Questions over pelvic mesh implants ring louder than ever

The Thalidomide scandal of the 1950s and 60s was a tragedy.

Mothers-to-be took medication on the advice of doctors as they struggled with morning sickness, believing they were doing the right thing for themselves and their precious babies.

The results are well-known and saddening almost beyond belief.

Parents around the world were let down by big pharmaceutical companies and the medical industry. It was, the industries said, a failing never to be repeated.

It seems they were wrong. Lessons from the past have not been learned.

As 700 Australian women take American medical giant Johnson and Johnson to court over their pelvic mesh technology, once hidden horror stories of suffering are emerging.

Women promised a quick and easy fix from prolapse, incontinence and other vaginal damage have struggled through years of pain. 

And much like the Thalidomide disaster, the pelvic mesh horrors know no bounds.

Port Pirie mother of three Kim Blieschke’s story is one shared by far too many women across the globe.

It has been 11 years since her ‘gold-standard’ pelvic mesh surgery left her with life-altering consequences. In spite of the challenges, she bravely tells her story to force change in the medical industry.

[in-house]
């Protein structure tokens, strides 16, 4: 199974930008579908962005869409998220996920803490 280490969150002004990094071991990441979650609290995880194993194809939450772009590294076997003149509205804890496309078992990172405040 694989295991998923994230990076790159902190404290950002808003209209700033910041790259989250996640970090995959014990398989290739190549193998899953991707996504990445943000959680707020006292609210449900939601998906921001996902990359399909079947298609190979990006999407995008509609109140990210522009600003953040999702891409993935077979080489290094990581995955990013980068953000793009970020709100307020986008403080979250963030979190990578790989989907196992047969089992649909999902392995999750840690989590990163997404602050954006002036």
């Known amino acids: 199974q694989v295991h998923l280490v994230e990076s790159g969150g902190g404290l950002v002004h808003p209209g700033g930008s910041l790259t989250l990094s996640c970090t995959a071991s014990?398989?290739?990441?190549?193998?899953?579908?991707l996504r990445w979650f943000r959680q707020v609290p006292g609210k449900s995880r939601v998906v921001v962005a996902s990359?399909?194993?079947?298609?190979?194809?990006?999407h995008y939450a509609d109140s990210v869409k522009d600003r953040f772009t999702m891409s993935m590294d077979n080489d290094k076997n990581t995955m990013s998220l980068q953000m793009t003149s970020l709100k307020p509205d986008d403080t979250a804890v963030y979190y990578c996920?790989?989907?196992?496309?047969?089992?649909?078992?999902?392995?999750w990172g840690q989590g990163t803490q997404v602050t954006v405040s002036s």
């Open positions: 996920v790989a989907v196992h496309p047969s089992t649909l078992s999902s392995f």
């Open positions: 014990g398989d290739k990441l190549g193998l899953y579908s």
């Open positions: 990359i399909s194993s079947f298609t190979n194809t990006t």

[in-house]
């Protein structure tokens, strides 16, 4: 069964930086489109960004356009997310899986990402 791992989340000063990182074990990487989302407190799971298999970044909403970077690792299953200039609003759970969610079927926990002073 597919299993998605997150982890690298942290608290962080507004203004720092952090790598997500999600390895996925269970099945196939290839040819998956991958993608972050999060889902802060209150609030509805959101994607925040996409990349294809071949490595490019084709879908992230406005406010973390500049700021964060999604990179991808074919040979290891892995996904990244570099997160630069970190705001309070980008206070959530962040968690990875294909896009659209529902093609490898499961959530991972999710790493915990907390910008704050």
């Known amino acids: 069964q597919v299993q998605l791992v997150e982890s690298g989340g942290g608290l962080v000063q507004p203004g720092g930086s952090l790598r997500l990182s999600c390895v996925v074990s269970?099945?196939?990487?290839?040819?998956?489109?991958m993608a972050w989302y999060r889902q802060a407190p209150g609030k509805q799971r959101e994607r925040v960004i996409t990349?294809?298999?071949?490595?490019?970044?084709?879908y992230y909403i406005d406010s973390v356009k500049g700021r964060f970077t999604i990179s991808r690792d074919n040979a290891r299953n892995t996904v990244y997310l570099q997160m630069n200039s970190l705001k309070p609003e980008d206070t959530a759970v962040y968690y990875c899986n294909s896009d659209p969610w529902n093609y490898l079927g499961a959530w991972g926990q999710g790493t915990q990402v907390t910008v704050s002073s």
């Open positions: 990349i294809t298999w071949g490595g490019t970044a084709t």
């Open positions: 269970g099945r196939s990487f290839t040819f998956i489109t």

But she is not alone in her struggles – thousands of women across the globe are reporting similar issues. And it seems this pain could have been avoided, with questions surrounding the technology ringing louder than ever.

At the class-action, an email sent by a French doctor working for Johnson and Johnson in 2005 was tabled. The doctor, reportedly undertaking a pelvic mesh clinical trial for the manufacturer, allegedly wrote, "I wouldn't like my wife to undergo this procedure." 

A damning assessment made 12 years ago. How many women have suffered unnecessarily at the hands of this technology since then? 

The Therapeutic Goods Administration only updated their list of possible complications from pelvic mesh surgeries in August, 2016. Why did it take them so long? How many thousands of women were truly informed of the true dangers of the operation? How many more once hidden stories of suffering are set to emerge? 

Only time will tell.              – Patrick Martin